If rainwater enters your home and causes damage, does it count as water damage under your homeowners insurance policy? In most cases, water damage from rain is covered if the rain enters the property through a covered peril.
If, for example, your home is exposed from hurricane damage, hail, or wind and rain then enters through the vulnerable area, your homeowners insurance policy may cover any subsequent damage. However, if flooding enters the home through an exposure and causes damage, this falls under a separate damage type and would require supplemental flood insurance to provide coverage.
Some common examples of covered sources of rain damage include wind-driven rain, snow and ice dams, mold, and vandalism. In the case of mold, if rain enters your home through a covered peril and isn’t treated in time it could lead to mold developing and causing more damage. If your home is vandalized and there is an exposure through a broken window or door that rain enters through, most homeowners policies will provide coverage. If the property has been vacant for some time, there may not be coverage if there are any vacancy clauses in your policy.
There are several instances in which water damage from rainwater is not covered by a standard homeowners insurance policy. As previously mentioned, water damage from flooding or storm surge falls under the purview of a separate flood insurance policy. Another example involves rain water entering through a damaged or compromised structure that is poorly maintained or neglected. Insurers will not cover damage that was the result of homeowners neglecting the condition of their property’s structure. This includes rainwater that collects over time and is not addressed by the homeowner.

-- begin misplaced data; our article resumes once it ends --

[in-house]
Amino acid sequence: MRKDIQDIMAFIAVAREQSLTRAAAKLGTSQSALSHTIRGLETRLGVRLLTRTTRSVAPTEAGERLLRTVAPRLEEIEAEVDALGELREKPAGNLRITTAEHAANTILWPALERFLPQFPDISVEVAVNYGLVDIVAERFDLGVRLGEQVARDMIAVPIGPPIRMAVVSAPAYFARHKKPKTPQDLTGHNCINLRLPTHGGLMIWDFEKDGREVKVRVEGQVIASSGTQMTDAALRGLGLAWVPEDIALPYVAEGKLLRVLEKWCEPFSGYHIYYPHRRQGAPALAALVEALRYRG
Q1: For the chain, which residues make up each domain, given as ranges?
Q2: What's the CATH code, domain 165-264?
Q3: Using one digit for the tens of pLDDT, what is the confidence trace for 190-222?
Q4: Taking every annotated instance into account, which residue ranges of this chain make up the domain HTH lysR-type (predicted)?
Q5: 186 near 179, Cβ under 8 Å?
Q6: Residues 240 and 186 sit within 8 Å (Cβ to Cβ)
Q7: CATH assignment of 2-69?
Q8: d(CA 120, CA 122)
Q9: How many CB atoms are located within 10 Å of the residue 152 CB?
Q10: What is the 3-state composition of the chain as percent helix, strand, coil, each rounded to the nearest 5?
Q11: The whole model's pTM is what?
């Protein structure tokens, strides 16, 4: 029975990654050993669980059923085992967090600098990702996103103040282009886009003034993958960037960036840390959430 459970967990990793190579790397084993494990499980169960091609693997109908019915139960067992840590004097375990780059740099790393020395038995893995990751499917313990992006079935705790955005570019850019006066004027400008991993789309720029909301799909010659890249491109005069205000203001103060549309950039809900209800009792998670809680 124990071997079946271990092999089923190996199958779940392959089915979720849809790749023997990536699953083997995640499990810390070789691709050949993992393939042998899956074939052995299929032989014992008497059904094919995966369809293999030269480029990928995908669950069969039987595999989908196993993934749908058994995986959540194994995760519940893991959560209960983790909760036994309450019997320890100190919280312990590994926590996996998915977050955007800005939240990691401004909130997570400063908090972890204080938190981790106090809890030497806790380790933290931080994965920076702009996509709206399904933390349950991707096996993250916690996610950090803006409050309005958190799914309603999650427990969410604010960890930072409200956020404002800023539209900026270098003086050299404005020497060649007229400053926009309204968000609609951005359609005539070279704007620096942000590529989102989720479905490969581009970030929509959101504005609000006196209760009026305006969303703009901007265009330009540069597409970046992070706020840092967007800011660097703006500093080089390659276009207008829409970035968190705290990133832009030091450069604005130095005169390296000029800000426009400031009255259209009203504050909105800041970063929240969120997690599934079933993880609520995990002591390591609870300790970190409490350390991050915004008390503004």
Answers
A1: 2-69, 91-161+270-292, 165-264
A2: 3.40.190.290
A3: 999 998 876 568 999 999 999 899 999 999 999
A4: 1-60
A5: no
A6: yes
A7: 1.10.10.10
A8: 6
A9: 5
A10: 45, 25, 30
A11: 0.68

We have created a Rain Damage white paper for policyholders with information on rain damage cases. One of the most important things policyholders can do is maintain their property’s upkeep to avoid any possibilities of your insurance company denying your claim due to neglect. It is also a good idea to make temporary repairs to cover any exposed areas so that rain cannot enter the home. Be sure to keep any receipts for materials or services used to make these repairs, as your insurance company may reimburse you for these costs depending on your policy.